We get a little giddy as First Monday approaches. And then we start mentally planning a visit to the Supreme Court to hear oral arguments and chortle at Justice Antonin Scalia's quips.
If you want to attend Supreme Court oral arguments, but you've never contemplated the logistics of such a venture, FindLaw is here to help.
The Supreme Court's courtroom is small. Within that tiny space, there is designated seating for the justices, their law clerks, the Marshall, the Marshall's aides, attorneys, the justices' special guests, and media. (Frankly, we're surprised that those bodies alone do not violate fire code, but we doubt that a fire marshal would have the nerve to tell The Nine to clear the Court.)
All oral arguments are open to the public, but the remaining seating is limited and on a first-come, first-seated basis. Before a session begins, two lines form on the plaza in front of the building. One is for those who wish to attend an entire argument, and the other, a three-minute line, is for those who wish to observe the Court in session only briefly.
If you want to attend full Supreme Court oral arguments, you should consider hiring a line stander.
The current rate for line standers is $50 per hour, depending on whether or not you have an account with a line standing service. You can search online for "DC line standing" to find information for companies in D.C. that offer this service.
Here's the process: You call a line standing service and request a line stander. The service will ask you for the location or event, the address, and what time you want the line stander to start standing. Your line stander will hold a placard with your name while holding your space. When you arrive, show the stander your ID or business card, and trade places.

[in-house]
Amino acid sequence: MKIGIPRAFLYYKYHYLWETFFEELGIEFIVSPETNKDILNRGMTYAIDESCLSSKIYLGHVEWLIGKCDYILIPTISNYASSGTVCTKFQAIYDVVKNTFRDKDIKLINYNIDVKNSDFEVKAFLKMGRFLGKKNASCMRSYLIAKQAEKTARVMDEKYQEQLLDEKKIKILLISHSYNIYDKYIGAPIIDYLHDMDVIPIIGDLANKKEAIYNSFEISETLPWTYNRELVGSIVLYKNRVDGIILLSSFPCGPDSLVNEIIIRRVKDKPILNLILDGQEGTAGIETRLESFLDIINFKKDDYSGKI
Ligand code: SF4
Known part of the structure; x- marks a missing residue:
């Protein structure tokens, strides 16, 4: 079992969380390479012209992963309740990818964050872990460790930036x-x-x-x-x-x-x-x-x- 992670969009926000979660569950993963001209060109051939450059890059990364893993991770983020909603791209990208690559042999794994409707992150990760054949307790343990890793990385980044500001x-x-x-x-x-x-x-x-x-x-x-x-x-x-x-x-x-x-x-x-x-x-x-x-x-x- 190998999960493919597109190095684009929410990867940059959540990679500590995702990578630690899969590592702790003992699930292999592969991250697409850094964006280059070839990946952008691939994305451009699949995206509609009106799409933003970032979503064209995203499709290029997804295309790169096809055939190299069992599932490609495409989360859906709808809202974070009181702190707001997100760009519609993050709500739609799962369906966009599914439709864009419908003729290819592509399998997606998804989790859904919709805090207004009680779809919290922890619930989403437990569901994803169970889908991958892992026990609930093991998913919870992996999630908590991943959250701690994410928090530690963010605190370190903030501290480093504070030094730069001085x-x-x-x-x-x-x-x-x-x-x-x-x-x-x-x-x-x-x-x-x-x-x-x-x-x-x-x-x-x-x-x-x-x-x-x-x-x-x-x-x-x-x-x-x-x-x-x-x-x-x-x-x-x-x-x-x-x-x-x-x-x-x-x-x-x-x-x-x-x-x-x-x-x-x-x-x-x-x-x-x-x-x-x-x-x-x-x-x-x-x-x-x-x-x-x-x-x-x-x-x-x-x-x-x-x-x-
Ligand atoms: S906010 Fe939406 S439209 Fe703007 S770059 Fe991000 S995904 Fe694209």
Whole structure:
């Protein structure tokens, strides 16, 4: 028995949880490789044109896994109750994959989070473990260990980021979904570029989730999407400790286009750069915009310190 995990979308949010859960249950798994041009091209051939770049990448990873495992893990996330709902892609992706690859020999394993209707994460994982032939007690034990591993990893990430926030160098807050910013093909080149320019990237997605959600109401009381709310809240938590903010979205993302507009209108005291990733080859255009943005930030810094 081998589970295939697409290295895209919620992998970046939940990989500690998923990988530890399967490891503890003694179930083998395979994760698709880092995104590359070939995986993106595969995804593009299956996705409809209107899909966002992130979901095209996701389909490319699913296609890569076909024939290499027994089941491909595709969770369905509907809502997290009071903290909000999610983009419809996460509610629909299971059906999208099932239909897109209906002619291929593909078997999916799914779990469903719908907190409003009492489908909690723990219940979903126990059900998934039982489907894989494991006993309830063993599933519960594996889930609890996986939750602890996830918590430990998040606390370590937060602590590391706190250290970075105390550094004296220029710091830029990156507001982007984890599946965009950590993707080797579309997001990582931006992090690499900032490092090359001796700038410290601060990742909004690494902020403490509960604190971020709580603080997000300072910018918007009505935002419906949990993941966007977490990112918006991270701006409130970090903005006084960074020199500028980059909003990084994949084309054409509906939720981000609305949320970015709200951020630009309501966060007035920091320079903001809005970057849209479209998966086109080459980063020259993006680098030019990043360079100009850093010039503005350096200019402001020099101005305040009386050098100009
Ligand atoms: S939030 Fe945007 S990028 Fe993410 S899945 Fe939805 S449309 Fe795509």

So how long should your line stander stand? Standers do not guarantee admission, so the answer depends on how badly you want to hear oral arguments and what time you're willing to show up to relieve the stander. Seating for the first oral argument begins at 9:30 a.m. We recommend requesting a line stander to start at least 12 hours before seating.
If you're on a tight budget, consider these budget-friendlier options:
- Camp. If you like camping, or wish to save money on a hotel, this is an acceptable option.
- Hold your own spot for the "early evening" shift from 9 p.m. until you need to crash. When you're ready to leave, call the line standing service and request a stander to pinch-hit for you while you sleep.
- If you're a gambler, call the line standing service around 4 a.m. and ask how many people are in line. The service can ask one of its standers currently in the line, and advise you on your odds of admission.
Good luck getting a seat for Supreme Court oral arguments. We hope to see you in court. In the audience, that is.
March 25, 2013 Editor's Note: This post has been updated to reflect that the current rate for line standers is $50 per hour. When originally published in 2011, the rate was $36 to $40 per hour.
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